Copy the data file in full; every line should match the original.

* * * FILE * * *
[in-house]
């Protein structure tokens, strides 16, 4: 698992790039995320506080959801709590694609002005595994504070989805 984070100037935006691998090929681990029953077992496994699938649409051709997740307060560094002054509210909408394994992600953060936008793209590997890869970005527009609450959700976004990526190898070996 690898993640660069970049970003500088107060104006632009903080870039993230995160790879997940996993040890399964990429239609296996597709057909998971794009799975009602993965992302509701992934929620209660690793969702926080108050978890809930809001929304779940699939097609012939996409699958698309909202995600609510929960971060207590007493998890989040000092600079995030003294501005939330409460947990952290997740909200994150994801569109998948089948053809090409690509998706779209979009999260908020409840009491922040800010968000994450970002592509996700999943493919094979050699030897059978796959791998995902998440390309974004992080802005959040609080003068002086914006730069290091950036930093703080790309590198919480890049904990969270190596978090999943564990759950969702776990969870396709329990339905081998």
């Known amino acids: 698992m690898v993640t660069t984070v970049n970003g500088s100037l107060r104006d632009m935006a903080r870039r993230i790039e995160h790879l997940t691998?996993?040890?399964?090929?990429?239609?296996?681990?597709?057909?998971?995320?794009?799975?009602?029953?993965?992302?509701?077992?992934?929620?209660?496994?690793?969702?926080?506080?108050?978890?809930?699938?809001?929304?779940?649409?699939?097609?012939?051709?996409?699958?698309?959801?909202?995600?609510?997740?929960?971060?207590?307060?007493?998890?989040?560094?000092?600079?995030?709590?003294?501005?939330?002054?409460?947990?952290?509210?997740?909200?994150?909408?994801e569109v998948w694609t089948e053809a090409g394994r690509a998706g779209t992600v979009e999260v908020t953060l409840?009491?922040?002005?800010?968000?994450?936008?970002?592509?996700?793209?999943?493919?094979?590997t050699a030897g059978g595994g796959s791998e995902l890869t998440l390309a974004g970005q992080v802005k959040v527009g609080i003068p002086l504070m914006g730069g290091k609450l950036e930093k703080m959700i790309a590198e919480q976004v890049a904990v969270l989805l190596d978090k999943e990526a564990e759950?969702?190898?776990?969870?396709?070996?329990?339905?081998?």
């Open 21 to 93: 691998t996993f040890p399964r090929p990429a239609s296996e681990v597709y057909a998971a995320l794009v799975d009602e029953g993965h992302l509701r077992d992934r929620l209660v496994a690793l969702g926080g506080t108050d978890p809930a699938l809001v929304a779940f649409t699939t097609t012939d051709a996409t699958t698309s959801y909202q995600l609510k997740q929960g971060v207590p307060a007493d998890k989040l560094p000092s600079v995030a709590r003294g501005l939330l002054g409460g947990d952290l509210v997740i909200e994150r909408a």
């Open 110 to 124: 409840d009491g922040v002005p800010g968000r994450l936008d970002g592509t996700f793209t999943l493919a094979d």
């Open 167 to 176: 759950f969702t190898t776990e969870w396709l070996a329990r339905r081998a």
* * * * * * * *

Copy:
[in-house]
């Protein structure tokens, strides 16, 4: 698992790039995320506080959801709590694609002005595994504070989805 984070100037935006691998090929681990029953077992496994699938649409051709997740307060560094002054509210909408394994992600953060936008793209590997890869970005527009609450959700976004990526190898070996 690898993640660069970049970003500088107060104006632009903080870039993230995160790879997940996993040890399964990429239609296996597709057909998971794009799975009602993965992302509701992934929620209660690793969702926080108050978890809930809001929304779940699939097609012939996409699958698309909202995600609510929960971060207590007493998890989040000092600079995030003294501005939330409460947990952290997740909200994150994801569109998948089948053809090409690509998706779209979009999260908020409840009491922040800010968000994450970002592509996700999943493919094979050699030897059978796959791998995902998440390309974004992080802005959040609080003068002086914006730069290091950036930093703080790309590198919480890049904990969270190596978090999943564990759950969702776990969870396709329990339905081998």
């Known amino acids: 698992m690898v993640t660069t984070v970049n970003g500088s100037l107060r104006d632009m935006a903080r870039r993230i790039e995160h790879l997940t691998?996993?040890?399964?090929?990429?239609?296996?681990?597709?057909?998971?995320?794009?799975?009602?029953?993965?992302?509701?077992?992934?929620?209660?496994?690793?969702?926080?506080?108050?978890?809930?699938?809001?929304?779940?649409?699939?097609?012939?051709?996409?699958?698309?959801?909202?995600?609510?997740?929960?971060?207590?307060?007493?998890?989040?560094?000092?600079?995030?709590?003294?501005?939330?002054?409460?947990?952290?509210?997740?909200?994150?909408?994801e569109v998948w694609t089948e053809a090409g394994r690509a998706g779209t992600v979009e999260v908020t953060l409840?009491?922040?002005?800010?968000?994450?936008?970002?592509?996700?793209?999943?493919?094979?590997t050699a030897g059978g595994g796959s791998e995902l890869t998440l390309a974004g970005q992080v802005k959040v527009g609080i003068p002086l504070m914006g730069g290091k609450l950036e930093k703080m959700i790309a590198e919480q976004v890049a904990v969270l989805l190596d978090k999943e990526a564990e759950?969702?190898?776990?969870?396709?070996?329990?339905?081998?």
């Open 21 to 93: 691998t996993f040890p399964r090929p990429a239609s296996e681990v597709y057909a998971a995320l794009v799975d009602e029953g993965h992302l509701r077992d992934r929620l209660v496994a690793l969702g926080g506080t108050d978890p809930a699938l809001v929304a779940f649409t699939t097609t012939d051709a996409t699958t698309s959801y909202q995600l609510k997740q929960g971060v207590p307060a007493d998890k989040l560094p000092s600079v995030a709590r003294g501005l939330l002054g409460g947990d952290l509210v997740i909200e994150r909408a």
């Open 110 to 124: 409840d009491g922040v002005p800010g968000r994450l936008d970002g592509t996700f793209t999943l493919a094979d």
């Open 167 to 176: 759950f969702t190898t776990e969870w396709l070996a329990r339905r081998a």